As you acquire experience with
people in crisis and with crisis situations, you will realize that crisis may
be, and usually is, a mix of red, yellow, and black. It is important to see that crisis color
refers to the mood or affect of the individual in crisis. As we talk with him, we usually see that his
mood tends to fluctuate. Occasionally,
we will see an individual who starts out very angrywho is in a red
crisis. As we talk with him, his anger
gradually softens and becomes less intense, but his mood or the color of his
crisis never appears to be yellow or black.
Similarly, we may occasionally see a person experiencing a yellow
crisis, and as we work with him, he is gradually able to calm down, become less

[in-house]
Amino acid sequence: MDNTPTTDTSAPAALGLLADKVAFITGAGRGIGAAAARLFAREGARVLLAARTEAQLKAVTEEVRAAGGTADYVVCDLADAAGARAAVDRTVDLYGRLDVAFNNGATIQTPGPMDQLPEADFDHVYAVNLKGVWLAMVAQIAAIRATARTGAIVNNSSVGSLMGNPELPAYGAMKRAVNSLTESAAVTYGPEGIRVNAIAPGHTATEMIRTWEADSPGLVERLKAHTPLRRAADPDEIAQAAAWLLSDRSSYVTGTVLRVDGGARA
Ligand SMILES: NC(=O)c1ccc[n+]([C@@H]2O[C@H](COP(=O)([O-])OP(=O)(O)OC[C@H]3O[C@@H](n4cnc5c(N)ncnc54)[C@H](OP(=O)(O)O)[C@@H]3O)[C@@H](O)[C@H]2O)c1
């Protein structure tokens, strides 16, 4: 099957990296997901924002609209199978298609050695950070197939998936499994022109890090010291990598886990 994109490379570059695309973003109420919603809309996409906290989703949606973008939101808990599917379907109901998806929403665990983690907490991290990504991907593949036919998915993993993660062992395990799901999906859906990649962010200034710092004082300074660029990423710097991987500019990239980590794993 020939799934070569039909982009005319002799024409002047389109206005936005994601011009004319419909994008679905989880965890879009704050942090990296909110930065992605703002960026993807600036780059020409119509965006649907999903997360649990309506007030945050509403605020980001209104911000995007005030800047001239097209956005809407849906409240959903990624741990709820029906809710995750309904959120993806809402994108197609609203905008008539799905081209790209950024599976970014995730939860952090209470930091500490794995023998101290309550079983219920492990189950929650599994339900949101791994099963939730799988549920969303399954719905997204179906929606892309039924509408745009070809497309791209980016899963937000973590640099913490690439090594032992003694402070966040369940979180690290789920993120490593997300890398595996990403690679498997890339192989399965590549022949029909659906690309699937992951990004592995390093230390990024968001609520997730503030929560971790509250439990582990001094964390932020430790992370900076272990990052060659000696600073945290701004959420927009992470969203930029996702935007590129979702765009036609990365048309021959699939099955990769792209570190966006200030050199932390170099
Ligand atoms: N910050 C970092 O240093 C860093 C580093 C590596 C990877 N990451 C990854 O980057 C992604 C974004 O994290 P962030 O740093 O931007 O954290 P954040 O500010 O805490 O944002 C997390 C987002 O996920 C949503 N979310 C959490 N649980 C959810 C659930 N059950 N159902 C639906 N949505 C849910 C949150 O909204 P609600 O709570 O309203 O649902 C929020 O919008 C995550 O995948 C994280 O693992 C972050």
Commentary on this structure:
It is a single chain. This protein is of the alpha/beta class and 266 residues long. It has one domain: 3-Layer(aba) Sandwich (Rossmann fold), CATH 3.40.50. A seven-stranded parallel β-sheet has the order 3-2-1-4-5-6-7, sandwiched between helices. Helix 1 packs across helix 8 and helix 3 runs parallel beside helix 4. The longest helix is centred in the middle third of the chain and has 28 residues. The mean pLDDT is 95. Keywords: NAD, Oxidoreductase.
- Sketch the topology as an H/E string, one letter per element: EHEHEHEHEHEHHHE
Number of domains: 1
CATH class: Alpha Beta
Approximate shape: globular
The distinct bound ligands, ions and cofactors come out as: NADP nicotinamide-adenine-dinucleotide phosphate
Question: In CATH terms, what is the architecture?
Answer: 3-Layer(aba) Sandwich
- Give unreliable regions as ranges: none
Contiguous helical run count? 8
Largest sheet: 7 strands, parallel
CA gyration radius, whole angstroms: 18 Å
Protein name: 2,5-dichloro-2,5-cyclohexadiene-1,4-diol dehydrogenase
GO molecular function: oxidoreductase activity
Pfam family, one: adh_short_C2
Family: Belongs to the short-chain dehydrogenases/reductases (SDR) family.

anxious, and generally think more clearly.
Throughout this process, however, we may not see his mood turn to anger
or his crisis turn black. In addition, a
person in a black crisis may gradually become more animated and involved in his
surroundings without reflecting any red or yellow dimensions to his
crisis. More typically, however, crises
fluctuate between red and yellow, and less frequently between red, yellow, and
black. The important thing in crisis
communication is for us to understand and tune in to the mood or color of the
crisis but remain sensitive and responsive to shifts in color or mood.